Non-personal data norms: Too much, too soon?

Author: Mayank Mishra
Published: February 01, 2021 in the Financial Express
The rationale for government intervention seems unclear and needs further debate. Even if there are positive externalities to some data, there seem to be significant potential costs for the whole digital economy under the NPD framework.

With the exponential rise in the use of data by businesses, several regulatory challenges have emerged. Issues pertaining to data sharing pose some of the biggest challenges. In July 2020, the MeitY released a report on non-personal data (NPD) governance framework with an aim to promote data sharing by businesses for public welfare. It intends to regulate data sharing so that the benefits accrue to India, its communities and businesses. While the purpose of data sharing for public welfare is commendable, the suggestions made to govern NPD were met with widespread disapproval from many stakeholders. It was noted that the framework was wide-ranging in its recommendations which could be misused against larger data businesses.

Taking into account the feedback from the first report, the government released a second version in December 2020. While it brings more clarity, there are still issues that need serious attention.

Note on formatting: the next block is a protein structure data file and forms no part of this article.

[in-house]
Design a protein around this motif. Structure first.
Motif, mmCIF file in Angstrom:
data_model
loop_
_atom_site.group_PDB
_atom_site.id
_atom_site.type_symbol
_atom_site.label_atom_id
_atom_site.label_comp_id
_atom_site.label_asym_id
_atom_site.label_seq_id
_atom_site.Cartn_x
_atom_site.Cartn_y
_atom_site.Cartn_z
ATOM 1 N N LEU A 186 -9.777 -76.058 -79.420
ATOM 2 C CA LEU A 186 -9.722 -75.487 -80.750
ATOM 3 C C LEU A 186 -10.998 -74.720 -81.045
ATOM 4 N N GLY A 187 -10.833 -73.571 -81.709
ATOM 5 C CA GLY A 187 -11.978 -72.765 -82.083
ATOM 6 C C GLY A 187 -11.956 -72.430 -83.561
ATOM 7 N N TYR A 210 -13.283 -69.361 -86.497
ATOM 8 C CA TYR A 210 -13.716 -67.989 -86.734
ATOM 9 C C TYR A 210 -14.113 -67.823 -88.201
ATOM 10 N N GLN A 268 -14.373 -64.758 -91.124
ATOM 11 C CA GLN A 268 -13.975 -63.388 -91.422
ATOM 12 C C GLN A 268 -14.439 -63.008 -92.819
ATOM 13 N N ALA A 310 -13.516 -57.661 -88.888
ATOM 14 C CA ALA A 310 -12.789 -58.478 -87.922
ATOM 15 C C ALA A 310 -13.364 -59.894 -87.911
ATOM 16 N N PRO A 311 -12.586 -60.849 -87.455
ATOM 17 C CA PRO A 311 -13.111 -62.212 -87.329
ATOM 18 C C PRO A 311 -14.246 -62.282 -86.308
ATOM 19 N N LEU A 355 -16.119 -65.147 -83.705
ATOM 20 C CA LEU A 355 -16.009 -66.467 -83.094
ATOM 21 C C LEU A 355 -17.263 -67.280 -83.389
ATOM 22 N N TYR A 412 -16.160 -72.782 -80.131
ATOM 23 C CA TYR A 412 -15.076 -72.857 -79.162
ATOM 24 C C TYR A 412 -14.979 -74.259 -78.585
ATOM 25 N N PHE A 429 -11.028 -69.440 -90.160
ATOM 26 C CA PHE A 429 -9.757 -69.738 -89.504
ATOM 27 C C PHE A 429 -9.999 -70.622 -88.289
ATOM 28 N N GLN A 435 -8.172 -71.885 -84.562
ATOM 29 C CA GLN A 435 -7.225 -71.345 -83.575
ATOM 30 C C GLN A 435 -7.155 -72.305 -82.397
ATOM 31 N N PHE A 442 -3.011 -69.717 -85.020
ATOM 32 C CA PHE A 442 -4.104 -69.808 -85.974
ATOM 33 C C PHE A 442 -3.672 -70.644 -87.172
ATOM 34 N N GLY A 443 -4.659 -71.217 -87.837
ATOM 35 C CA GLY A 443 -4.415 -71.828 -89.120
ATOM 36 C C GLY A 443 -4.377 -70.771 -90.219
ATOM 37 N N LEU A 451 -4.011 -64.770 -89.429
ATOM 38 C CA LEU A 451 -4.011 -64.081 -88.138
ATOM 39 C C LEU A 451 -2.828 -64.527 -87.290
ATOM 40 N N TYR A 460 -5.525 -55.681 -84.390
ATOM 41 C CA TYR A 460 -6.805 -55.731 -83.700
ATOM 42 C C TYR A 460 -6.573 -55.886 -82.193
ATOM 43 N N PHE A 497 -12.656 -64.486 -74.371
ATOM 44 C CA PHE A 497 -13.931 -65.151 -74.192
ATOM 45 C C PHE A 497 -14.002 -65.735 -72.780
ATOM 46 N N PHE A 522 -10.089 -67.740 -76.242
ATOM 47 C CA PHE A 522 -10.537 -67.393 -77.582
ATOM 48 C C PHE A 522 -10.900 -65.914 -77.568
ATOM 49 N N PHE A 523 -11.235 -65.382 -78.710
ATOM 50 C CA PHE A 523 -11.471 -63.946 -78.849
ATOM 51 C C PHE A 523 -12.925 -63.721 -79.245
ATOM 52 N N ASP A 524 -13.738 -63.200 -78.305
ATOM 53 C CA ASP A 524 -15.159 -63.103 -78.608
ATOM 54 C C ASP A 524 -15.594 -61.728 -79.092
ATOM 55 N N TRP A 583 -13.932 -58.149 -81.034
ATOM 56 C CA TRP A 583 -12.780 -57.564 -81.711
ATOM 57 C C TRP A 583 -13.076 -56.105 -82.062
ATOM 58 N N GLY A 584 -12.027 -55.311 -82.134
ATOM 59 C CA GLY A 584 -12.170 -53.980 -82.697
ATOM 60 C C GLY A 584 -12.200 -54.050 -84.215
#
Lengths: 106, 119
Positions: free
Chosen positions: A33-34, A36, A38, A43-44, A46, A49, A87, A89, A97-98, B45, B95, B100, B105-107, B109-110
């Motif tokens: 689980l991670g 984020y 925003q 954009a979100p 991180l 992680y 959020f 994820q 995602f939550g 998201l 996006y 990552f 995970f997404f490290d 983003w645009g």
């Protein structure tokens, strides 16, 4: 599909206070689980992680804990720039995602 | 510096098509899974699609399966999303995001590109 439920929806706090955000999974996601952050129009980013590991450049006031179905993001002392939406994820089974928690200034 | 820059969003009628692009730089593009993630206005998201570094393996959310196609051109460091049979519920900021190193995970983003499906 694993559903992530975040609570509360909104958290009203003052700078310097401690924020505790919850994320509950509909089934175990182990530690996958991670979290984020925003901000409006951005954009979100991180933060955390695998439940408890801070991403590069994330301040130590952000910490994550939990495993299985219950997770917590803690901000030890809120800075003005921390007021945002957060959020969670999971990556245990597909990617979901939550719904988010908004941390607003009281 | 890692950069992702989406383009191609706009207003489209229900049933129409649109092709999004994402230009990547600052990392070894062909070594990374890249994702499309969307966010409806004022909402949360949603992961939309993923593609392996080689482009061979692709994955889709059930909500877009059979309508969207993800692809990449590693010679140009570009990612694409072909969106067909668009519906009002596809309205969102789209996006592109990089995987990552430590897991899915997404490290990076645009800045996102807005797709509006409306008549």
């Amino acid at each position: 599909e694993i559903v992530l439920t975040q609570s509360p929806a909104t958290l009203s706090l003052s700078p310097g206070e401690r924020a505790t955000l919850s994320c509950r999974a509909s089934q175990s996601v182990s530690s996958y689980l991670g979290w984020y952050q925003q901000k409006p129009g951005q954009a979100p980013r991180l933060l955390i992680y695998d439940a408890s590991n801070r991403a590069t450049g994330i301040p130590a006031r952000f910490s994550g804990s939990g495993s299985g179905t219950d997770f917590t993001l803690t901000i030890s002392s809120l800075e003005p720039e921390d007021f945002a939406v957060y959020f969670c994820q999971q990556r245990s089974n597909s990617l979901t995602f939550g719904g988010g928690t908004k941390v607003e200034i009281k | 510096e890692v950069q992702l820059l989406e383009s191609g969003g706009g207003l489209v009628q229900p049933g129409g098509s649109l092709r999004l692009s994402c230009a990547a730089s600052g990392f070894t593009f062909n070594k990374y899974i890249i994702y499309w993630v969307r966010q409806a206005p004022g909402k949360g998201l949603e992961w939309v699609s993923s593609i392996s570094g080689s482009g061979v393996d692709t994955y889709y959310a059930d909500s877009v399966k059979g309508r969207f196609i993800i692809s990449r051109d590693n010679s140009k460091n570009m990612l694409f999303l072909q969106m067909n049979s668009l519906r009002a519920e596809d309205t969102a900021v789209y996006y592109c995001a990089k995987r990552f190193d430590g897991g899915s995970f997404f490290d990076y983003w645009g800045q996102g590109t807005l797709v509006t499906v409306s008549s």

Analysing the government’s decision to intervene: Economic theory states that a government should only intervene in economy when there is market failure, i.e. when the forces of demand and supply do not lead to an efficient outcome. The market failure that the government envisages in the case of NPD is positive externalities associated with sharing of data. According to this rationale, the data collected by a firm can benefit firms and communities beyond the one that collected it. The committee has given many examples, such as road data collected by cab aggregators, which can be used by municipal bodies to improve road design, or cancer hospitals sharing their data for medical research. However, while there are benefits of sharing data with the community, there are also potential costs and risks.

Potential impact of the NPD framework on firms: Firms that invest in collecting data incur a significant cost in doing so. The cost is incurred in order to reap future revenue by providing innovative products and services, enhanced user experience or efficient operations of firms. The data collected, in effect, gives competitive advantage to a market player compared to its competitors. However, if the proposed NPD framework is implemented, a business can potentially lose its competitive advantage if its data could be accessed by its competitors through data trustees. This could disincentivise businesses to collect data in the future, thereby hampering the data economy. Unlike the popular adage ‘data is the new oil’, data doesn’t exist naturally. Datasets are built over time through conscious efforts of companies collecting data. Therefore, by destroying the incentive to collect data, we risk defeating the whole purpose of this framework.